WO2013044228A1 - Pelvic implant and treatment method - Google Patents

Pelvic implant and treatment method Download PDF

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Publication number
WO2013044228A1
WO2013044228A1 PCT/US2012/056905 US2012056905W WO2013044228A1 WO 2013044228 A1 WO2013044228 A1 WO 2013044228A1 US 2012056905 W US2012056905 W US 2012056905W WO 2013044228 A1 WO2013044228 A1 WO 2013044228A1
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WO
WIPO (PCT)
Prior art keywords
implant
portions
support portion
plurality
implant device
Prior art date
Application number
PCT/US2012/056905
Other languages
French (fr)
Inventor
Dean W. Hacker
Karl A. Jagger
Benjamin M. WILKE
Seth C. KELTO
Jessica E. FELTON
Original Assignee
Ams Research Corporation
Priority date (The priority date is an assumption and is not a legal conclusion. Google has not performed a legal analysis and makes no representation as to the accuracy of the date listed.)
Filing date
Publication date
Priority to US201161537631P priority Critical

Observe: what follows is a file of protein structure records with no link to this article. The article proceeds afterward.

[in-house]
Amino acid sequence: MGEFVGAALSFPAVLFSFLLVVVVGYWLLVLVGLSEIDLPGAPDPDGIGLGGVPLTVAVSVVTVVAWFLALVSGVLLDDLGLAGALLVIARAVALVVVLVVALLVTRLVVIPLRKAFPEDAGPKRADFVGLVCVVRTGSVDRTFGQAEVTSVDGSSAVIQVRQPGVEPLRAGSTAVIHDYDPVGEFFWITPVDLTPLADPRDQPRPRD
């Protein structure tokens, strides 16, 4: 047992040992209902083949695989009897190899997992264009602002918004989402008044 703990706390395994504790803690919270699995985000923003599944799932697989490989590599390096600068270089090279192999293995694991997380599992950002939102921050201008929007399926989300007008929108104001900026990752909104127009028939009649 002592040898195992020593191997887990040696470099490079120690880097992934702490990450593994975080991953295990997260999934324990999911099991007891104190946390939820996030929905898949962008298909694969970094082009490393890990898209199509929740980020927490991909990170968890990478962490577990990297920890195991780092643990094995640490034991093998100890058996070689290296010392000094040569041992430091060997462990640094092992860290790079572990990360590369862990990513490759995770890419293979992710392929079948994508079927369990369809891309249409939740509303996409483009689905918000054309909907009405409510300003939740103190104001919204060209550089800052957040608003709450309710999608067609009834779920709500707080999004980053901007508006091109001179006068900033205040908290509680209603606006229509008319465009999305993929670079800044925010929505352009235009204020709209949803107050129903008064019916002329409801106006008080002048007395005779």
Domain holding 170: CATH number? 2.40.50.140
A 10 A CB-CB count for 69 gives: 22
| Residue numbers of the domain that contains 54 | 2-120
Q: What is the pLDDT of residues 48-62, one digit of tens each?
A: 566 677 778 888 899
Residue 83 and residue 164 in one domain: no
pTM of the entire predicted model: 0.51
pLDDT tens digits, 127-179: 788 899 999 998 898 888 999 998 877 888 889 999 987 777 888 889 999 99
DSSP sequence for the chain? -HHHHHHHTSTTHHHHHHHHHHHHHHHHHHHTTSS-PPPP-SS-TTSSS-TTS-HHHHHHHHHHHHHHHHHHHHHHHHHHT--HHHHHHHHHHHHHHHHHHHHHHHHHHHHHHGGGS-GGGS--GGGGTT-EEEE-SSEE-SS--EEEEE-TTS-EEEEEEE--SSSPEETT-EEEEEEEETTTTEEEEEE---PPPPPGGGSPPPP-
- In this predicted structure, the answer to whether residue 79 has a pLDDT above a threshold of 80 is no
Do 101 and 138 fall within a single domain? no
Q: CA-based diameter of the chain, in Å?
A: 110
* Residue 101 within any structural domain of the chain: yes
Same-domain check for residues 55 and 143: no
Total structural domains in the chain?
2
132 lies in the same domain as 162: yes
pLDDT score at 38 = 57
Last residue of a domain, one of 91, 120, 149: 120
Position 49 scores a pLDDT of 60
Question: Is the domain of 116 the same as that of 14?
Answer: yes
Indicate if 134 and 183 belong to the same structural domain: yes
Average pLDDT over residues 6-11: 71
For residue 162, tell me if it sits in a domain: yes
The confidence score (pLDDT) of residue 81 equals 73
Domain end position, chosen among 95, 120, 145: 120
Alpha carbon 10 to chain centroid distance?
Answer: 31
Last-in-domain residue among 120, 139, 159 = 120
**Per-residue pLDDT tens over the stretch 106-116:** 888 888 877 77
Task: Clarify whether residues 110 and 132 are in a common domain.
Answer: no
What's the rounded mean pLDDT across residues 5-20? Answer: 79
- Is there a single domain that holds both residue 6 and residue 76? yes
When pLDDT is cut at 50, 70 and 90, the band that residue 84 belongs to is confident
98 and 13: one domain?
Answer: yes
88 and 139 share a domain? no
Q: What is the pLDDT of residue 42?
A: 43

Priority to US61/537,631 priority
Priority to US201161546877P priority
Priority to US61/546,877 priority
Priority to US61/547,475 priority
Priority to US201161547475P priority
Priority to US201161558271P priority
Priority to US61/558,271 priority
Application filed by Ams Research Corporation filed Critical Ams Research Corporation
Publication of WO2013044228A1 publication Critical patent/WO2013044228A1/en

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Classifications

    • AHUMAN NECESSITIES
    • A61MEDICAL OR VETERINARY SCIENCE; HYGIENE
    • A61FFILTERS IMPLANTABLE INTO BLOOD VESSELS; PROSTHESES; DEVICES PROVIDING PATENCY TO, OR PREVENTING COLLAPSING OF, TUBULAR STRUCTURES OF THE BODY, e.g. STENTS; ORTHOPAEDIC, NURSING OR CONTRACEPTIVE DEVICES; FOMENTATION; TREATMENT OR PROTECTION OF EYES OR EARS; BANDAGES, DRESSINGS OR ABSORBENT PADS; FIRST-AID KITS
    • A61F2/00Filters implantable into blood vessels; Prostheses, i.e. artificial substitutes or replacements for parts of the body; Appliances for connecting them with the body; Devices providing patency to, or preventing collapsing of, tubular structures of the body, e.g. stents
    • A61F2/0063Implantable repair or support meshes, e.g. hernia meshes
    • AHUMAN NECESSITIES
    • A61MEDICAL OR VETERINARY SCIENCE; HYGIENE
    • A61BDIAGNOSIS; SURGERY; IDENTIFICATION
    • A61B17/00Surgical instruments, devices or methods, e.g. tourniquets
    • A61B17/04Surgical instruments, devices or methods, e.g. tourniquets for suturing wounds; Holders or packages for needles or suture materials